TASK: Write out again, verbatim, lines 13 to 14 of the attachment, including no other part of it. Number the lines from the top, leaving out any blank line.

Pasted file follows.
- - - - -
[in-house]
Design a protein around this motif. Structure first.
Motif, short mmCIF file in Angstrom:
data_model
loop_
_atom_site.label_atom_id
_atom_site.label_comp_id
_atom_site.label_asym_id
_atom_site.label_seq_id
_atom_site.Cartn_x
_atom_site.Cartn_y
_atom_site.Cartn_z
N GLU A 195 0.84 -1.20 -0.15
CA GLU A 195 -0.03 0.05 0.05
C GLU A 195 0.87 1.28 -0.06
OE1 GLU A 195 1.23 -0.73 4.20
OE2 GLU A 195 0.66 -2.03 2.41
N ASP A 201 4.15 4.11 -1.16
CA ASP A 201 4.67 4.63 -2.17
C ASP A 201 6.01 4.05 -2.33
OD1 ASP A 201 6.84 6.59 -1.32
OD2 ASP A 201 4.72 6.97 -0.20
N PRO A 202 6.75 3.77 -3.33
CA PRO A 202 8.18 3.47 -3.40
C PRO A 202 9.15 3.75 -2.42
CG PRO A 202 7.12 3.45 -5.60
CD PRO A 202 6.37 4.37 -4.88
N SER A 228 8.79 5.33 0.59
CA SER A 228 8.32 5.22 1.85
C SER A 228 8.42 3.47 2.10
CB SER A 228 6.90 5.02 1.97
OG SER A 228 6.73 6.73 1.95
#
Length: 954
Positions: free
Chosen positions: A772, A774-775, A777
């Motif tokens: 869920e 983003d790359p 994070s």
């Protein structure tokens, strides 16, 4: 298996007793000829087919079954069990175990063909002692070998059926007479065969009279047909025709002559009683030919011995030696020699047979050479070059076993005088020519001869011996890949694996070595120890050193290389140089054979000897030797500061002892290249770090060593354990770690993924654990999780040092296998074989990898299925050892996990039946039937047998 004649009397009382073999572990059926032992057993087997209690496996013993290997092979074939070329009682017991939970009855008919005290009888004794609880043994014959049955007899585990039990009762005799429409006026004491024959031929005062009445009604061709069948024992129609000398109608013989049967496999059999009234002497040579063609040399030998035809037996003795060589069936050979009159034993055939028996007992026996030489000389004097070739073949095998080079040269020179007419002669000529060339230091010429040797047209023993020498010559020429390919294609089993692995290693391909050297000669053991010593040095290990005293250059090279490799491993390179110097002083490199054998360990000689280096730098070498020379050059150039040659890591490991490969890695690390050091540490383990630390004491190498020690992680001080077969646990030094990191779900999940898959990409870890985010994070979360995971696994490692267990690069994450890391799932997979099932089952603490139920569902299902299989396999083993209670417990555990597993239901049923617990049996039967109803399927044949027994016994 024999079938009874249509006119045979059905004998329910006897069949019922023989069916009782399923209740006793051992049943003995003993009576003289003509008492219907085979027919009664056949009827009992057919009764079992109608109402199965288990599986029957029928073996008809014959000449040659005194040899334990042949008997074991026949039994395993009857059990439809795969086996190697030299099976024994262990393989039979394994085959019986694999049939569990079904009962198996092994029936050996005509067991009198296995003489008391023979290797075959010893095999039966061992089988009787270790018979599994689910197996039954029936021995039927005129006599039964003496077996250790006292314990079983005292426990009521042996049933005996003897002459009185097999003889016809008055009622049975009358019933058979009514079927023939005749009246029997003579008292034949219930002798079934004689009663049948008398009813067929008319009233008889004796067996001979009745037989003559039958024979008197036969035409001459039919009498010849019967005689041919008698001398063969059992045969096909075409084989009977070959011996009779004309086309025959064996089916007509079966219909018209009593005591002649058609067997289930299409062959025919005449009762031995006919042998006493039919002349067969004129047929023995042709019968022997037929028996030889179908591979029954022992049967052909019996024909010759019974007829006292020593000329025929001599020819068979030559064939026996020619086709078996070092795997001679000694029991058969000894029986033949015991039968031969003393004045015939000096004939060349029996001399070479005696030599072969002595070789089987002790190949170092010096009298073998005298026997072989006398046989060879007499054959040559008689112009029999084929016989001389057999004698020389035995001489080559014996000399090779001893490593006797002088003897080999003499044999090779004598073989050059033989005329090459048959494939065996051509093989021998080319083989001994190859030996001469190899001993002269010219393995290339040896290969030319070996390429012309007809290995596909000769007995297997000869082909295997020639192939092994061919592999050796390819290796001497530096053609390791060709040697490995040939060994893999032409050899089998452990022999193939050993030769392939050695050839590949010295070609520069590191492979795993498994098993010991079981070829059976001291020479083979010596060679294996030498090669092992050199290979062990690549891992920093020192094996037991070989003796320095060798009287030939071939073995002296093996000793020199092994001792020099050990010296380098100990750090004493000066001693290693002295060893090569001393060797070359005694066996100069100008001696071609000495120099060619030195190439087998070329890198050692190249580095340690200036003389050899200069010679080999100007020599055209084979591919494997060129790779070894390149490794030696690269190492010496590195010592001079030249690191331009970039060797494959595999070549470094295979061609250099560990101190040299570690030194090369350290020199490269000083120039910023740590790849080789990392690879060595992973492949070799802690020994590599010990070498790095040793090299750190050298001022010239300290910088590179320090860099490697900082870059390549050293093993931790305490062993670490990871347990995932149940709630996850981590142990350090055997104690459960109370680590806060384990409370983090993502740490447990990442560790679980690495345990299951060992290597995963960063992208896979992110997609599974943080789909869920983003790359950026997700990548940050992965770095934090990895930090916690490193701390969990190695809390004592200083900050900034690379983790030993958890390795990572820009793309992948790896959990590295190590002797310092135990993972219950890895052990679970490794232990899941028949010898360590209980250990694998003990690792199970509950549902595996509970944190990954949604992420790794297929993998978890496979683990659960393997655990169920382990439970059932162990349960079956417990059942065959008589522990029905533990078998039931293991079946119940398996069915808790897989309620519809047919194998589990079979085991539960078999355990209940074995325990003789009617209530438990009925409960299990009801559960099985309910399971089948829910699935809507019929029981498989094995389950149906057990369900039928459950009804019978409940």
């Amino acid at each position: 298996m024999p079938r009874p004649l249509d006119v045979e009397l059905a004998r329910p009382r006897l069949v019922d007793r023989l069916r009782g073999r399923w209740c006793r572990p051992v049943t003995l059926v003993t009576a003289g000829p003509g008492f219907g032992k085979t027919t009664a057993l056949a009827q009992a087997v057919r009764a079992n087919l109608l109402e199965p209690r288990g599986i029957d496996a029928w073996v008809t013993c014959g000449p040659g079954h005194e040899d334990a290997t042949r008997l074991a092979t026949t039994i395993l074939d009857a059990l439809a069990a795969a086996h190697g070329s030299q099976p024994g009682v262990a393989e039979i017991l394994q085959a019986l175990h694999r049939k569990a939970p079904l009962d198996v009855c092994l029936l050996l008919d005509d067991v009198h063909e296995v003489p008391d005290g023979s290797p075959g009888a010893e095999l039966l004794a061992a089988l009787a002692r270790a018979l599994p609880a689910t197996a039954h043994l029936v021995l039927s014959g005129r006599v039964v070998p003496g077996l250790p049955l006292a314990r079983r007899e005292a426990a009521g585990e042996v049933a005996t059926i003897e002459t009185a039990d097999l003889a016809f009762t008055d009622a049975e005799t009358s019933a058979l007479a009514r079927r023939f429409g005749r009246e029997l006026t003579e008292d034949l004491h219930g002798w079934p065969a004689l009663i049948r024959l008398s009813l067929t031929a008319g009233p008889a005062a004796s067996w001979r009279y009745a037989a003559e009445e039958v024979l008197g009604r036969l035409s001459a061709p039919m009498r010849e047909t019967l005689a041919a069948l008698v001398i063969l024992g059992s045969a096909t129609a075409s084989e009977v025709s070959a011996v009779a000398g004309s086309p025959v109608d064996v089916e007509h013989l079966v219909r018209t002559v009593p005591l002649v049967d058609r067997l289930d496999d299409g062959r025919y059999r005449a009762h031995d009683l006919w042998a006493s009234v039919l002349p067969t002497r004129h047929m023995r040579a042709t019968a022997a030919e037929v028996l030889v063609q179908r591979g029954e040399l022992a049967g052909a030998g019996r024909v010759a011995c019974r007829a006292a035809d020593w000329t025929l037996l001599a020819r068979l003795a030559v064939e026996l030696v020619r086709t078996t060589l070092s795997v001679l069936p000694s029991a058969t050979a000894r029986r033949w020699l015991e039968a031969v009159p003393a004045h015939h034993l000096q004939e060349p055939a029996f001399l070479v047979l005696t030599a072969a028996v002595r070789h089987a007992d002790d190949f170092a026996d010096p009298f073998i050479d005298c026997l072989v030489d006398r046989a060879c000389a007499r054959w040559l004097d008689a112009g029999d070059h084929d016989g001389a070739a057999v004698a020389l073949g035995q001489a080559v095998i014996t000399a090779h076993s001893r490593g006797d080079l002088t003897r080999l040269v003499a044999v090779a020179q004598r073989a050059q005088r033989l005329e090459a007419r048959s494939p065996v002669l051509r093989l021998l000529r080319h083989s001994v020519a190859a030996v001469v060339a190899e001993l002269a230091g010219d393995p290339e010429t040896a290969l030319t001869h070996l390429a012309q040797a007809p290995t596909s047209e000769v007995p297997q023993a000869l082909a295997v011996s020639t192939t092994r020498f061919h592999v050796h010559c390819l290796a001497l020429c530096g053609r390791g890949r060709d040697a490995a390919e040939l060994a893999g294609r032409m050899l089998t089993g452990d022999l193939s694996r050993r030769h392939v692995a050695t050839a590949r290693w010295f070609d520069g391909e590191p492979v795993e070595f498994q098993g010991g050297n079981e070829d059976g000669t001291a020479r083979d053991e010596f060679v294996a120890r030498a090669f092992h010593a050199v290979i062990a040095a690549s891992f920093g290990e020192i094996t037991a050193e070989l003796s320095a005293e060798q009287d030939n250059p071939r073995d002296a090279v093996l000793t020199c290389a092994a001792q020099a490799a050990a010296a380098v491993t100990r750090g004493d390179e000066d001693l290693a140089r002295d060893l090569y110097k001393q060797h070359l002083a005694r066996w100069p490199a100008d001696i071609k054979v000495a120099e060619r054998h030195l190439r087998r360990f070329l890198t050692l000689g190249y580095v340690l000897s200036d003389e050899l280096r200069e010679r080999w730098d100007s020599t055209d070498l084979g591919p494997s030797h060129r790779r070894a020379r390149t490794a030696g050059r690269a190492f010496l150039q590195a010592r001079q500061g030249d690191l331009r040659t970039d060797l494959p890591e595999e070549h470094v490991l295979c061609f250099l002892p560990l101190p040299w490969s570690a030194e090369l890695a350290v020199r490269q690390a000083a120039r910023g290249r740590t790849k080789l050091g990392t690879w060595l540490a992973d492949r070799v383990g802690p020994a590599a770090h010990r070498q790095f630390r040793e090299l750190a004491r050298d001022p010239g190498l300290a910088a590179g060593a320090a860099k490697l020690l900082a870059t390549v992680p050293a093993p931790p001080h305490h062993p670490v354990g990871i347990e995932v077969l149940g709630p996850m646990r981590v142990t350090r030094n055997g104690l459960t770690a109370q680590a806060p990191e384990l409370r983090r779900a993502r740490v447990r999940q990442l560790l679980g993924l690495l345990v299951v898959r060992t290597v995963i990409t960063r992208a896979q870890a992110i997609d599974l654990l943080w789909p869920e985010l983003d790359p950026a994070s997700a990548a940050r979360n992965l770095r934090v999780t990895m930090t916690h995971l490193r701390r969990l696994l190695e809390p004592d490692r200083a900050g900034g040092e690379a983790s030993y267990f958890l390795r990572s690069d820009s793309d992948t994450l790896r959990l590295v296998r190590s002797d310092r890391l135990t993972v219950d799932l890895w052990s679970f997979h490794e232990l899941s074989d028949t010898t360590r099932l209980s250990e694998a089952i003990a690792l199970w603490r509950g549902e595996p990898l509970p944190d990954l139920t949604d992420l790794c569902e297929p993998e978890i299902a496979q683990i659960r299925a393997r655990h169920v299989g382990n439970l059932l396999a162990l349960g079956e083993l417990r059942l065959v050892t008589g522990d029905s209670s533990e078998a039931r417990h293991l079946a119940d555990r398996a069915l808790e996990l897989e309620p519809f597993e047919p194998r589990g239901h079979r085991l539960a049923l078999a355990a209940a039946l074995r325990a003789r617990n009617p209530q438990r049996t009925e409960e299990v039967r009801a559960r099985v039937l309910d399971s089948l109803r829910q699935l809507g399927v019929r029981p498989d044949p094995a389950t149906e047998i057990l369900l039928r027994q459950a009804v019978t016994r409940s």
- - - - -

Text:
N GLU A 195 0.84 -1.20 -0.15
CA GLU A 195 -0.03 0.05 0.05